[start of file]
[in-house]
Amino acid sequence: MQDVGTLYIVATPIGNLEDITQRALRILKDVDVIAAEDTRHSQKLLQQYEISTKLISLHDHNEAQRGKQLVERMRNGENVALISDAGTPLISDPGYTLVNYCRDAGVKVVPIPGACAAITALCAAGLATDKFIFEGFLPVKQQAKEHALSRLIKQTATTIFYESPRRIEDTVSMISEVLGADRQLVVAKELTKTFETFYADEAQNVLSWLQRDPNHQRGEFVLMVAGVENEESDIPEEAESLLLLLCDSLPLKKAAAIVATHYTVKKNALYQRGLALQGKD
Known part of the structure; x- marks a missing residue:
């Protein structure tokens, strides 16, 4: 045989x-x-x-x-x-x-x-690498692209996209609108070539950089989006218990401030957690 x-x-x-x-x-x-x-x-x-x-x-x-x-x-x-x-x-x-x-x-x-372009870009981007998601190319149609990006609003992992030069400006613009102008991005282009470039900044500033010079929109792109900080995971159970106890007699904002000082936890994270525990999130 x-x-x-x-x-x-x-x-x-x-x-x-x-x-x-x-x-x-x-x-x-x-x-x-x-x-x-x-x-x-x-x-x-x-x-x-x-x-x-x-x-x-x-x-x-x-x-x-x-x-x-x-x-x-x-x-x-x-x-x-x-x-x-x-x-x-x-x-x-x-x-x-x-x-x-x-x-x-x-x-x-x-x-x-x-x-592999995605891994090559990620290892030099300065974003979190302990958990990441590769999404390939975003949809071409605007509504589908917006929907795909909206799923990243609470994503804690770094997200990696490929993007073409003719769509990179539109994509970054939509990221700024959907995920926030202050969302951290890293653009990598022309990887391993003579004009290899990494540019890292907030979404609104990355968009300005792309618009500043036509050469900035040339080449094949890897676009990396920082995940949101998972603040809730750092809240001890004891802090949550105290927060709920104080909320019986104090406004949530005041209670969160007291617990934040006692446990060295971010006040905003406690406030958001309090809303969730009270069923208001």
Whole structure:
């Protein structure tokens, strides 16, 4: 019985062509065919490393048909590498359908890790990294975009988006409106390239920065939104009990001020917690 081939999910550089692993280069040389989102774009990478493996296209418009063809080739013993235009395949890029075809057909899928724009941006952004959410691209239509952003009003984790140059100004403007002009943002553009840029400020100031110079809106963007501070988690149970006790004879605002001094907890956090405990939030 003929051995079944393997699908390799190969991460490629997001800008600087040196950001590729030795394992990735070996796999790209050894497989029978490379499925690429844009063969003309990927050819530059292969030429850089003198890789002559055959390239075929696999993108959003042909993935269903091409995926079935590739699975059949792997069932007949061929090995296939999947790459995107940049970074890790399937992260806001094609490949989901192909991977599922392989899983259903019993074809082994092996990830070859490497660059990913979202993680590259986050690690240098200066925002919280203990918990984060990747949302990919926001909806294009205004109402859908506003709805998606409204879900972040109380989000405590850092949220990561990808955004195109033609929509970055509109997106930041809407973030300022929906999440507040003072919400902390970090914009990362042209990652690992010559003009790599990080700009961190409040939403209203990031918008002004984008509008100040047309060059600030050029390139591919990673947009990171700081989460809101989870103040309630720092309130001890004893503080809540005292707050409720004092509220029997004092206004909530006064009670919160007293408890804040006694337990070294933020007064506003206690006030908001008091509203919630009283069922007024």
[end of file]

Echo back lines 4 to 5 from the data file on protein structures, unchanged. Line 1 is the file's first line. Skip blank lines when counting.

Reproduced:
């Protein structure tokens, strides 16, 4: 045989x-x-x-x-x-x-x-690498692209996209609108070539950089989006218990401030957690 x-x-x-x-x-x-x-x-x-x-x-x-x-x-x-x-x-x-x-x-x-372009870009981007998601190319149609990006609003992992030069400006613009102008991005282009470039900044500033010079929109792109900080995971159970106890007699904002000082936890994270525990999130 x-x-x-x-x-x-x-x-x-x-x-x-x-x-x-x-x-x-x-x-x-x-x-x-x-x-x-x-x-x-x-x-x-x-x-x-x-x-x-x-x-x-x-x-x-x-x-x-x-x-x-x-x-x-x-x-x-x-x-x-x-x-x-x-x-x-x-x-x-x-x-x-x-x-x-x-x-x-x-x-x-x-x-x-x-x-592999995605891994090559990620290892030099300065974003979190302990958990990441590769999404390939975003949809071409605007509504589908917006929907795909909206799923990243609470994503804690770094997200990696490929993007073409003719769509990179539109994509970054939509990221700024959907995920926030202050969302951290890293653009990598022309990887391993003579004009290899990494540019890292907030979404609104990355968009300005792309618009500043036509050469900035040339080449094949890897676009990396920082995940949101998972603040809730750092809240001890004891802090949550105290927060709920104080909320019986104090406004949530005041209670969160007291617990934040006692446990060295971010006040905003406690406030958001309090809303969730009270069923208001």
Whole structure: